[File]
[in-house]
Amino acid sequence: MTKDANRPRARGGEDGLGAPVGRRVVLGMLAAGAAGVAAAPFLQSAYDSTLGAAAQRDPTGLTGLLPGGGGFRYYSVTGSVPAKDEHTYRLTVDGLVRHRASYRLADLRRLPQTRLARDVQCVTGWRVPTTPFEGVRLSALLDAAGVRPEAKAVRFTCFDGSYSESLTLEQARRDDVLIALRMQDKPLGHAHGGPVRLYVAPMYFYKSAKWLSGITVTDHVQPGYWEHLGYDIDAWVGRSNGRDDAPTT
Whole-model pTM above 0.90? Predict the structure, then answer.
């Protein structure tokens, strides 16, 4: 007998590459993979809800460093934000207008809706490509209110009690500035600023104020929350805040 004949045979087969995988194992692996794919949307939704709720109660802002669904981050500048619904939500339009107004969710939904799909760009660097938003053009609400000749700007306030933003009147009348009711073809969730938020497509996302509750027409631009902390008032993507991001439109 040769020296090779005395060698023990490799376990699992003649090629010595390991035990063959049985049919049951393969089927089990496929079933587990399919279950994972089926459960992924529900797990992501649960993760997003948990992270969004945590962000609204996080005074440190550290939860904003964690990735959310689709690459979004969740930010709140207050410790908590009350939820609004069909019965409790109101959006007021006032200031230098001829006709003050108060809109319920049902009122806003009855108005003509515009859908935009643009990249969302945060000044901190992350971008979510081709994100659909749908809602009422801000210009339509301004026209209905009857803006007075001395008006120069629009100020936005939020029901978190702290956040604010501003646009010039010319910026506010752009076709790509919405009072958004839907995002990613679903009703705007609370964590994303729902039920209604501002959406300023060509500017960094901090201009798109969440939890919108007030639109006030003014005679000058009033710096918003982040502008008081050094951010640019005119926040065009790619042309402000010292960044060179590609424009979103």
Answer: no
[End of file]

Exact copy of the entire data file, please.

[in-house]
Amino acid sequence: MTKDANRPRARGGEDGLGAPVGRRVVLGMLAAGAAGVAAAPFLQSAYDSTLGAAAQRDPTGLTGLLPGGGGFRYYSVTGSVPAKDEHTYRLTVDGLVRHRASYRLADLRRLPQTRLARDVQCVTGWRVPTTPFEGVRLSALLDAAGVRPEAKAVRFTCFDGSYSESLTLEQARRDDVLIALRMQDKPLGHAHGGPVRLYVAPMYFYKSAKWLSGITVTDHVQPGYWEHLGYDIDAWVGRSNGRDDAPTT
Whole-model pTM above 0.90? Predict the structure, then answer.
């Protein structure tokens, strides 16, 4: 007998590459993979809800460093934000207008809706490509209110009690500035600023104020929350805040 004949045979087969995988194992692996794919949307939704709720109660802002669904981050500048619904939500339009107004969710939904799909760009660097938003053009609400000749700007306030933003009147009348009711073809969730938020497509996302509750027409631009902390008032993507991001439109 040769020296090779005395060698023990490799376990699992003649090629010595390991035990063959049985049919049951393969089927089990496929079933587990399919279950994972089926459960992924529900797990992501649960993760997003948990992270969004945590962000609204996080005074440190550290939860904003964690990735959310689709690459979004969740930010709140207050410790908590009350939820609004069909019965409790109101959006007021006032200031230098001829006709003050108060809109319920049902009122806003009855108005003509515009859908935009643009990249969302945060000044901190992350971008979510081709994100659909749908809602009422801000210009339509301004026209209905009857803006007075001395008006120069629009100020936005939020029901978190702290956040604010501003646009010039010319910026506010752009076709790509919405009072958004839907995002990613679903009703705007609370964590994303729902039920209604501002959406300023060509500017960094901090201009798109969440939890919108007030639109006030003014005679000058009033710096918003982040502008008081050094951010640019005119926040065009790619042309402000010292960044060179590609424009979103």
Answer: no